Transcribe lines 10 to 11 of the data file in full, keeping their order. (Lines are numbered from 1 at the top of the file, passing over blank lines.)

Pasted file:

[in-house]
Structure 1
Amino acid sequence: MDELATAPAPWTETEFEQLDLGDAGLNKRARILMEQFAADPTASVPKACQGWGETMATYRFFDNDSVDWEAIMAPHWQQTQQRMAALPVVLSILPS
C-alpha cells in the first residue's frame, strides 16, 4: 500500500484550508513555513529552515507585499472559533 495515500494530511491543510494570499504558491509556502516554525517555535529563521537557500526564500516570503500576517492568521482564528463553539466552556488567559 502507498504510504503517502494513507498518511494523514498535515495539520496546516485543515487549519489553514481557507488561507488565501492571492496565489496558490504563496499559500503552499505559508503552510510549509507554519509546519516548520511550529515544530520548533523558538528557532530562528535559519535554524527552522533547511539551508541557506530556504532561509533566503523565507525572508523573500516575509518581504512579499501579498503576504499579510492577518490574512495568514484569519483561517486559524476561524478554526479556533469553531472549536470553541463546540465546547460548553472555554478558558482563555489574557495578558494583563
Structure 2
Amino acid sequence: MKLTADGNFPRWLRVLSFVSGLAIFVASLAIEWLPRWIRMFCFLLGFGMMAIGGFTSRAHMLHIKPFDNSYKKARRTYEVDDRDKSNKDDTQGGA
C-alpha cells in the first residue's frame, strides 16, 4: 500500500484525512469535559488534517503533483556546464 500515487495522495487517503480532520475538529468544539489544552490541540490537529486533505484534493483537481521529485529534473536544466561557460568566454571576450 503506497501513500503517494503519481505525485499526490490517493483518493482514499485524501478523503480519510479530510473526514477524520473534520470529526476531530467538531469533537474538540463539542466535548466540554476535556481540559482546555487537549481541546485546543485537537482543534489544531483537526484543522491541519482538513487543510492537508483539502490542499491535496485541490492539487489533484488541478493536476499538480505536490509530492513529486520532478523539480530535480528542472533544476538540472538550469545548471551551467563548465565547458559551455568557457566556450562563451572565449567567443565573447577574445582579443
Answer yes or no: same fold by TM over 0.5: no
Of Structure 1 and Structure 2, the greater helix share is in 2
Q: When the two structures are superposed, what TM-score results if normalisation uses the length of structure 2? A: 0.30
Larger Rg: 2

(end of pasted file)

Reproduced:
Q: When the two structures are superposed, what TM-score results if normalisation uses the length of structure 2? A: 0.30
Larger Rg: 2